Today’s Supreme Court ruling on Hobby Lobby was bad, but it isn’t the end of the world like a lot of the media is currently proclaiming. Ideally, all companies would be required to provide any and all types of medical coverage as mandated in the Affordable Care Act, but unfortunately that’s not going to be the case.
First of all, let’s look at the argument made in the Hobby Lobby case:
Hobby Lobby and Conestoga Wood objected to a handful of contraceptives that they speculate can block a fertilized egg, which is neither documented in the science nor the medical definition of abortion. Other for-profit plaintiffs object to any birth control coverage at all.
The case was the first time the Affordable Care Act returned to the nation’s highest Court since it was first largely upheld as constitutional, and was argued by current Solicitor General Don Verrilli and former Bush administration solicitor general Paul Clement. (Source)
While the decision is troubling and potentially opens up further claims of religious exemption by other companies from the requirement to provide contraceptive coverage to their employees, it applies solely to contraceptives and not other claims of religious freedom such as the right to discriminate based on race, gender identity, etc. Religious, non-profit employers were already exempt under provisions laid out in the Affordable Care act and this ruling extended it to privately-held corporations like Hobby Lobby or Conestoga Wood who also claimed the requirement went against their personal beliefs.
Many Americans were already without the coverage due to religious exemptions, and so as bad of a ruling as this was, it’s not the end of the world:
A federal judge has estimated that a third of Americans are not subject to the requirement that their employers provide coverage for contraceptives. Small employers need not offer health coverage at all; religious employers like churches are exempt; religiously affiliated groups may claim an exemption; and some insurance plans that had not previously offered the coverage are grandfathered in.
The ACLU is correct in this statement, but at the same time, I believe that the government can provide coverage for those who are locked out by their employer. Obviously, this is not an ideal situation but one we will have to deal with so long as we have a conservative Supreme Court.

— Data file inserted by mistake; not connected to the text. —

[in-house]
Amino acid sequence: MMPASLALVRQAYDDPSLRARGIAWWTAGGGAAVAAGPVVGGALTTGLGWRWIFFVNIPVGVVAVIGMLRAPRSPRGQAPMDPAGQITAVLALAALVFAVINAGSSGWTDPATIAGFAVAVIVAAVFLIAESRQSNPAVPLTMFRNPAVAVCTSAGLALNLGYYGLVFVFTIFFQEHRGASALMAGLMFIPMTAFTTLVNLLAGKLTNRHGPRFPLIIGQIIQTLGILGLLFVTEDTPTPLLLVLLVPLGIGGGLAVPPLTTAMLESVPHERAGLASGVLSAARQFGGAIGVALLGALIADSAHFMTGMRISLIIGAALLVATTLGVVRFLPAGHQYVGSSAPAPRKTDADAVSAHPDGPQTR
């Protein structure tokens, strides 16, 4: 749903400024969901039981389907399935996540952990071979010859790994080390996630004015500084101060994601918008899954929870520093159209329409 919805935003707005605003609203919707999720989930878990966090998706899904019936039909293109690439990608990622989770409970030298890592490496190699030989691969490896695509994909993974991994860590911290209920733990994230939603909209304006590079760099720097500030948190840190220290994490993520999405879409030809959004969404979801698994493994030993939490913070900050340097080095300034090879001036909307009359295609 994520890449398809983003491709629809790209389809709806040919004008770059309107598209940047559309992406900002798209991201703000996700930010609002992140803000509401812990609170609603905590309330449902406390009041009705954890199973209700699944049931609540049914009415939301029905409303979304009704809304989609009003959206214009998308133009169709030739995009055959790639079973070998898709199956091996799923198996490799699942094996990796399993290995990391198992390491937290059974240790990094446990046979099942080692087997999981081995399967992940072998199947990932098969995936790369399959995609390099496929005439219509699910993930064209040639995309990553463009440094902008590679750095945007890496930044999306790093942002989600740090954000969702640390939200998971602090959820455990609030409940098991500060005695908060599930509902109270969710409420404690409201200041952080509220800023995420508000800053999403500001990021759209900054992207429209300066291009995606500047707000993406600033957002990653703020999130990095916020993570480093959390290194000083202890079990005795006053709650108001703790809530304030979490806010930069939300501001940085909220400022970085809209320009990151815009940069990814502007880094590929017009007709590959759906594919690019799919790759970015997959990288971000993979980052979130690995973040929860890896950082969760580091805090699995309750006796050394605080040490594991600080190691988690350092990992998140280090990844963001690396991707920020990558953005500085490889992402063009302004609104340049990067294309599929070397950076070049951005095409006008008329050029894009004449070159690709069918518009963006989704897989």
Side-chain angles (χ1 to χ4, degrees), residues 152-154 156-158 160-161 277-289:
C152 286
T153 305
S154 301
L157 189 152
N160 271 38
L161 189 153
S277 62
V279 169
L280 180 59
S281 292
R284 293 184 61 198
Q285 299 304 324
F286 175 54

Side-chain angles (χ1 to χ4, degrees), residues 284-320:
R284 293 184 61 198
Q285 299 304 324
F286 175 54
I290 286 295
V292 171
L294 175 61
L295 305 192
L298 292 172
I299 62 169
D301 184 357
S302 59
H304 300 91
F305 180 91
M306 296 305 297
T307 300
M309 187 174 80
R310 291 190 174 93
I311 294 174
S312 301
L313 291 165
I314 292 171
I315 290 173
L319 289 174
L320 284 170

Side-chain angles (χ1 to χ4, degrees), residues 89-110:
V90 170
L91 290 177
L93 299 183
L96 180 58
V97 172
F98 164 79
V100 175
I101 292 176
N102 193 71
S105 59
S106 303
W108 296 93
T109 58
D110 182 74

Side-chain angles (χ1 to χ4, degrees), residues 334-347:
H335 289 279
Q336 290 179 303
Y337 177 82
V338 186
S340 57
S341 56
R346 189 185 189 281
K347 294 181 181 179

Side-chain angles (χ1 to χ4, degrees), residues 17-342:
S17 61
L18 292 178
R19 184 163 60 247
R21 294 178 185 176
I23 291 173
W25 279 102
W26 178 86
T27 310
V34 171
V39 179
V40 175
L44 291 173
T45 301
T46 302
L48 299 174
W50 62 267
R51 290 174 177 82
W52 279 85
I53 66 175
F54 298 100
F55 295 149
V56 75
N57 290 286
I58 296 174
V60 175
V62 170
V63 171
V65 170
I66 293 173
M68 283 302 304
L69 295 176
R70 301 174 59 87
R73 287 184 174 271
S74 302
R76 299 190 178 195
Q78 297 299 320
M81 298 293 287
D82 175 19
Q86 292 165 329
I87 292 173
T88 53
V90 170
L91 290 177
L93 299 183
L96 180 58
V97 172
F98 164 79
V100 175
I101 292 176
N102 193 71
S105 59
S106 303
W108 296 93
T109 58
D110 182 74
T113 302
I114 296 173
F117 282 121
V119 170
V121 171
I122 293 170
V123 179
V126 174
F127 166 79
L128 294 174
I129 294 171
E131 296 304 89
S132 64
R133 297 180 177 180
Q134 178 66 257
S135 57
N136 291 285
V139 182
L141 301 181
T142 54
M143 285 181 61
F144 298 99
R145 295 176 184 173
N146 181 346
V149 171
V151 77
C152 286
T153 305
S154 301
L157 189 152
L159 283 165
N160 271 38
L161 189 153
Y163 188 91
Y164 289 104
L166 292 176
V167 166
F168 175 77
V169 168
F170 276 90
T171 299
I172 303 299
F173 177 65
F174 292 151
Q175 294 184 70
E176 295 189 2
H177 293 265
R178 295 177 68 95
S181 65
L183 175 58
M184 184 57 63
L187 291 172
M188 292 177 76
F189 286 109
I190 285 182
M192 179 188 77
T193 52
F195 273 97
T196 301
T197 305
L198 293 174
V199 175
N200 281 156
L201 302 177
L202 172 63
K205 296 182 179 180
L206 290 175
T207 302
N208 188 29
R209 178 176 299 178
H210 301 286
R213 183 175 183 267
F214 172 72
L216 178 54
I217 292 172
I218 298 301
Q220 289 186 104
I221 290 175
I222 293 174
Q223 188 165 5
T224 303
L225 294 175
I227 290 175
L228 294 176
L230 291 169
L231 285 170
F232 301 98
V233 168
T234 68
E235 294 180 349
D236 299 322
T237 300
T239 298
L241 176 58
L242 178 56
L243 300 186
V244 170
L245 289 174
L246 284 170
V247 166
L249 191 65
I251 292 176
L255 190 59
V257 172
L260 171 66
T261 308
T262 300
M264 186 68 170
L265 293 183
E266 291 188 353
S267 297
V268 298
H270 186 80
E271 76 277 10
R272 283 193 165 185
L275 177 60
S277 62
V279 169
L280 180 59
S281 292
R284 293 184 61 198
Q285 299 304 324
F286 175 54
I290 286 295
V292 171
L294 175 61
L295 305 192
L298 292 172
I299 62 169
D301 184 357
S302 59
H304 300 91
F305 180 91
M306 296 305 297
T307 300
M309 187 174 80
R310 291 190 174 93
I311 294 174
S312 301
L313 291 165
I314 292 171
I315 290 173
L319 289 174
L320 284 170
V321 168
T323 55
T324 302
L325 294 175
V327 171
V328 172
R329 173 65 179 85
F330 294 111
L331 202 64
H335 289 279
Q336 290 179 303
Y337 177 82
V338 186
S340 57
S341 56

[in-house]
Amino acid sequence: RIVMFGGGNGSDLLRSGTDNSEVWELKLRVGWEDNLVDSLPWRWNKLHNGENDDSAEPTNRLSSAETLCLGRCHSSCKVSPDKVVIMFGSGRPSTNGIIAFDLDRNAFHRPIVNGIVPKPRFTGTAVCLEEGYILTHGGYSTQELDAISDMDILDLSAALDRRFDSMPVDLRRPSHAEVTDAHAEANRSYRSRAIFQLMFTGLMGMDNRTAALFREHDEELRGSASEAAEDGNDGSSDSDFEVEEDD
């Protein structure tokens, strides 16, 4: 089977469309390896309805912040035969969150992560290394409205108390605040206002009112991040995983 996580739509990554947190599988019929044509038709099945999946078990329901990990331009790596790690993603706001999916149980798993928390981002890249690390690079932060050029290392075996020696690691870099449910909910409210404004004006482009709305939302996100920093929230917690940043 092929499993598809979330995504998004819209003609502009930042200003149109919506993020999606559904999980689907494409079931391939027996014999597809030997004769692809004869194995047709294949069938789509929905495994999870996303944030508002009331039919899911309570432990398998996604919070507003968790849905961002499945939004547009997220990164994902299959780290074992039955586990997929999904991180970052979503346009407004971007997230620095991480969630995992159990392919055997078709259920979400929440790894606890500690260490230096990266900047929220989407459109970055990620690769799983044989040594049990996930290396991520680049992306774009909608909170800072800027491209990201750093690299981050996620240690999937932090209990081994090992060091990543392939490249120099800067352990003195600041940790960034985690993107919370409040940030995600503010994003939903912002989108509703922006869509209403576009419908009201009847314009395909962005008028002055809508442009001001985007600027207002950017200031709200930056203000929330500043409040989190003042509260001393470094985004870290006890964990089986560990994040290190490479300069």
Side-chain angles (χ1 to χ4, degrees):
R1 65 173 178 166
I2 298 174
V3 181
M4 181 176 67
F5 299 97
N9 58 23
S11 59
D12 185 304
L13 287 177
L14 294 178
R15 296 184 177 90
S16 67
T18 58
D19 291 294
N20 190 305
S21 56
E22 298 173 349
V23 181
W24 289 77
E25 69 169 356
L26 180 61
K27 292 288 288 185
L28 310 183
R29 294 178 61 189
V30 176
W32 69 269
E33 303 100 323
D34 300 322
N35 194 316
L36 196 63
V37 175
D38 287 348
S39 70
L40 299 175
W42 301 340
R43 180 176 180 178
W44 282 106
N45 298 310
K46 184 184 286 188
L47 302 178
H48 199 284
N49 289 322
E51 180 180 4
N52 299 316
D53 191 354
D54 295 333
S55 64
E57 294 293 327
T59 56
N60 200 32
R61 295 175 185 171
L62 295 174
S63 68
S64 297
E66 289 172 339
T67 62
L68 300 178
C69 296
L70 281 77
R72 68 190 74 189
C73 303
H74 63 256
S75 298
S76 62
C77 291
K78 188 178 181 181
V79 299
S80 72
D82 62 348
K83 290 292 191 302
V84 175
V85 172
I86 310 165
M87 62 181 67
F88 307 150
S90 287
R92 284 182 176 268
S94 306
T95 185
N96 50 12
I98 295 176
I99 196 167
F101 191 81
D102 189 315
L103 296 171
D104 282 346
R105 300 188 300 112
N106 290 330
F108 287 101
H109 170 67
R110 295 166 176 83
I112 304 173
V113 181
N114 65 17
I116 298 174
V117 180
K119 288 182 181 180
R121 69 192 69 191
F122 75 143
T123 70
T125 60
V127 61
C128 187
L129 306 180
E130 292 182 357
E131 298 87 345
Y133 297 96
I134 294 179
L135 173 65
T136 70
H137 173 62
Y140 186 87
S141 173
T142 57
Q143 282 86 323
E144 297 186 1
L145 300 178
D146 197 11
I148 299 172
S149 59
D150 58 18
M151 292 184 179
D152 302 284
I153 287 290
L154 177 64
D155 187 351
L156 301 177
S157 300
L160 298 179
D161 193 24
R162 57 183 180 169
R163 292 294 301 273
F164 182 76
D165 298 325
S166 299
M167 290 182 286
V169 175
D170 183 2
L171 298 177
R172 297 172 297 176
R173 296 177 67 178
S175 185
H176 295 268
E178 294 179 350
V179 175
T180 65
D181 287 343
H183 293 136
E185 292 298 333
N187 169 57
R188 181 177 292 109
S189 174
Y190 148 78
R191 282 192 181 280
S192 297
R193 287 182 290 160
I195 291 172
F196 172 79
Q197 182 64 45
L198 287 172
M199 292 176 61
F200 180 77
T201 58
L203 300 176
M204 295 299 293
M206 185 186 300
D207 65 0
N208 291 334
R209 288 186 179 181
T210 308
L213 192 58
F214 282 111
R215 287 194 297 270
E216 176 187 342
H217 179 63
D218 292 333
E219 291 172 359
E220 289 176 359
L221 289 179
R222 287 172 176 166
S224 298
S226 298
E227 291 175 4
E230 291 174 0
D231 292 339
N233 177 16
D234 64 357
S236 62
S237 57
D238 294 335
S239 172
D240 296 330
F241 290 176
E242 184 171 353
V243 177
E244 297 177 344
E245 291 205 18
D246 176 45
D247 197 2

“This is a deeply troubling decision. For the first time, the highest court in the country has said that business owners can use their religious beliefs to deny their employees a benefit that they are guaranteed by law,” said Louise Melling, deputy legal director of the ACLU. “Religious freedom is a fundamental right, but that freedom does not include the right to impose beliefs on others. In its ruling today, the Court simply got it wrong.” (Source)
The question is now, are we going to see more decisions like this come out of the Supreme Court? Based off their track record, I’m going to say yes – and it could get even worse. Take into consideration the fact that two of the more liberal judges, Breyer and Ginsberg, are expected to retire within the next couple of years. Now, couple that with a very possible takeover of the US Senate by Republicans and heaven forbid, a GOP takeover of the White House in 2016, and you’re looking at potentially decades of a conservative Supreme Court that would make Roberts and Alito look like flaming liberals. As my friend James Schlarmann from The Political Garbage Chute points out, every single vote in favor of Hobby Lobby came from judges appointed by conservative presidents.
Not a single justice appointed by either President Bill Clinton or President Barack Obama sided with Hobby Lobby. It was indeed only the justices appointed by socially conservative presidents who voted to keep women trapped in a bygone era. This shouldn’t be a surprise to anyone, because both sides of the aisle have been saying for the last few election cycles how important it is with our aging Supremes to have someone in the position to nominate justices of an ideological bent they agree with, and the proof of that concept is in Citizens United, McCutcheon v. FEC, and now the Hobby Lobby case. These narrow decisions will have a lasting impact on American society, and they are decisions made by men who have not been in power for decades in some cases, a half decade in one case. (Source)
Also consider the fact that the balance of the Supreme Court as it stands can be traced back to the 2004 presidential election where George W. Bush won by only 35 electoral votes. If John Kerry had won, the Supreme Court would be solidly liberal and today’s outcome would likely have been different. Let that be a reminder to each and every one of us that no matter what the voices of apathy say, both parties are not the same and every vote in every election counts.
The takeaway from this is that the Hobby Lobby decision is bad, but it could have been a lot worse.
So, what can you do to express your outrage? You can make sure to vote this coming November, and here’s what’s at stake besides 2 future seats on the Supreme Court:
—All 435 seats of the U.S. House of Representatives
—33 seats in the U.S. Senate
—46 State Legislatures
—38 State and Territorial Governorships.
Today’s ruling by the Supreme Court on Hobby Lobby is only a hint of what we could see if liberals remain apathetic and on the sidelines of elections because they didn’t get their ideal candidate. If we want to change the rulings that are coming out of the Supreme Court, the only way to do that is by voting. No amount of petitions or anything else replaces the need to show up on Election Day, and today’s decisions are proof of that.
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